interesting. Thanks. My husband and I have a small pool
business--retail as well as service. I have a few questions
for which I have been unable to find the answers--maybe you
can help. Regarding "mustard algae"--is it possible some of
this is either dirt or dead algae circulating through the
sand filter and back to the pool? It seems as if most people
who think they have the mustard algae also have a sand
filter. This is coupled with the fact that many pool dealers
in our area think "bigger is better" when they sell a pump
and motor. I spoke with a woman today who has an effective
2.2 HP (1.5 HP with a 1.47 SF) on a 24" sand filter! Others
will say they were sold a 1.5 HP pump and motor for only a
few dollars more than a 1 HP. Hasn't anyone checked out the
flow rate charts? So much for may soap box, but I was
wondering if that could be causing ineffective filtration
rather than an actual algae problem? Also, I have had
limited experience with the sodium bromine products. I
carried a product containing sodium bromide which seemed to
work well, but another (containing ammonium sulfate) I have
tried more recently creates a major chlorine demand
requiring cases and cases of sodium hypochlorite to achieve
a residual free chlorine. I do use the sodium bromide salts
with a non-chlorine activator in our spa with good results.
I have limited knowledge of this phosphate problem, but we
have maintained clear, clean, safe pools for years without
treating for it. Maybe it's because more people are having
their lawns treated that phosphates have become a problem.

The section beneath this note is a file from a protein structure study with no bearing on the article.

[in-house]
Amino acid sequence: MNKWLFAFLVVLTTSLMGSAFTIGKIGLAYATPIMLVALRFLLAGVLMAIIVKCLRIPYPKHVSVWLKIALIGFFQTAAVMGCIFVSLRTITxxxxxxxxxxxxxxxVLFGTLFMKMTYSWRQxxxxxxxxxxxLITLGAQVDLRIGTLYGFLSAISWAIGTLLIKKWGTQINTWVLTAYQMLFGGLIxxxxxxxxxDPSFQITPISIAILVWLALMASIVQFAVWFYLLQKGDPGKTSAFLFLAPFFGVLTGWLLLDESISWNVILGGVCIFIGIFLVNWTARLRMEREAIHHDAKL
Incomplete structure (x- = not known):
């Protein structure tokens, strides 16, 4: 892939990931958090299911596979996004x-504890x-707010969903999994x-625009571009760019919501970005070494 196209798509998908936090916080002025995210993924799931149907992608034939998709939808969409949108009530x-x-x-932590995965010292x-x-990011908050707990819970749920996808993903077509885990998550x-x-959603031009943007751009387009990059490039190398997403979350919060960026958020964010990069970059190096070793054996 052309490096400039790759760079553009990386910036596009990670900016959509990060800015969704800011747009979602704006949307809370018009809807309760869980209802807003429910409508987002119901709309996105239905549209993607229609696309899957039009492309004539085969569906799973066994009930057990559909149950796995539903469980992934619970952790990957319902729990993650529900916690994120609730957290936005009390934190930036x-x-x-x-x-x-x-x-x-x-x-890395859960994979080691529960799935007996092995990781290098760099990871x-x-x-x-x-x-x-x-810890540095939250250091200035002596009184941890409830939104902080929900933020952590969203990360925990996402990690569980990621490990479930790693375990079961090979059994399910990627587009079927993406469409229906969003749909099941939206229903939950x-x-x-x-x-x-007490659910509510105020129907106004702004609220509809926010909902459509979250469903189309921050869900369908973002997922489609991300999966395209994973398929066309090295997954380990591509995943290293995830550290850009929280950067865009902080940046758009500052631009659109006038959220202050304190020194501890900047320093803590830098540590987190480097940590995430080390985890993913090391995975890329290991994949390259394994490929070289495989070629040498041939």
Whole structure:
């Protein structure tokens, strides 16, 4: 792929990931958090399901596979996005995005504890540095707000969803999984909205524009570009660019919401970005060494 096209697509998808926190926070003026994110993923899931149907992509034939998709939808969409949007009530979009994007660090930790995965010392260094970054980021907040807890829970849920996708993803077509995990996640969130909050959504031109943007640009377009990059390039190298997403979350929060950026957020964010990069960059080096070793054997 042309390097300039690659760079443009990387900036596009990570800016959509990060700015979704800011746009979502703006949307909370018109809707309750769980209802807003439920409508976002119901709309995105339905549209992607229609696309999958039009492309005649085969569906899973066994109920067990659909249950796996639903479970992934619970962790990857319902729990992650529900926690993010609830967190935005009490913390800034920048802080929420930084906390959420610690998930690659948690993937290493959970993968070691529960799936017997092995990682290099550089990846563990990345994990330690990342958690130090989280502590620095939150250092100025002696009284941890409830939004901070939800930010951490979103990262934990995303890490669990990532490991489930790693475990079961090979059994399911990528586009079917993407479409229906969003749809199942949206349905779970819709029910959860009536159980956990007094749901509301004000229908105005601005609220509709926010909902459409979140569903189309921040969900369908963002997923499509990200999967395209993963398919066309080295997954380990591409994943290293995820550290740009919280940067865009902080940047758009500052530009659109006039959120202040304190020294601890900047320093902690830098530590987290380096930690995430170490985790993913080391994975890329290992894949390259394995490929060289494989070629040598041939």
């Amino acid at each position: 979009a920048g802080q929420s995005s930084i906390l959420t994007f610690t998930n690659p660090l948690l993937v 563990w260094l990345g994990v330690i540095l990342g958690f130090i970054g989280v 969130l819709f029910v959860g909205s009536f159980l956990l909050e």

At what point should phosphates be treated, and do you know
of a good, reliable test kit we as a dealer can use? I
appreciate any light you can shed on these topics. Keep up
the good work.
Carol K., Cincinnati, OH, 8/25/2013
Dead algae can go right through some sand filters. Many
people make the mistake of backwashing too often. It should
be done when the pressure readings indicate a need. Almost
all of the people writing about cloudy water have sand
filters. An oversized pump can be part of the problem, but
usually it is poor water chemistry and maintenance
practices. There are things that you do that can help
improve the situation, in other than a chemical sense.
Replace the sand with a zeolite sand filter media
replacement: it is far better, than sand, at removing dead
algae and fine particles. Adding a
Robotic Pool Cleaner,
with its built-in micro-filter will help remove dead algae
and improve the circulation across the pool floor, making
algae growth less likely. Sodium bromide products do seem to
work well in problem situations. The other type of product,
being based on ammonium sulfate will boost the chloramine
content and will require massive shock treatments to restore
proper conditions. Regarding the phosphate levels: I believe
that you mean 500 PPB (B for billion) and not 500 PPM (M for
Million). In order to be effective, the phosphate level must
be reduced to near zero. 500 PPM is a very high level. If
the phosphate level is reduced, there is less tendency for
algae growth, but keeping it low is another matter. If a
pool has a recurring algae problem, the use of
phosphate eliminator can make sense. Nitrates is another
possible cause of recurring algae problems. For the majority
of pools, clear water that is algae-free can be achieved
with modest phosphates present, provided that the pool water
chemistry, filtration and cleanliness are properly
maintained. There are
phosphate and nitrate test kits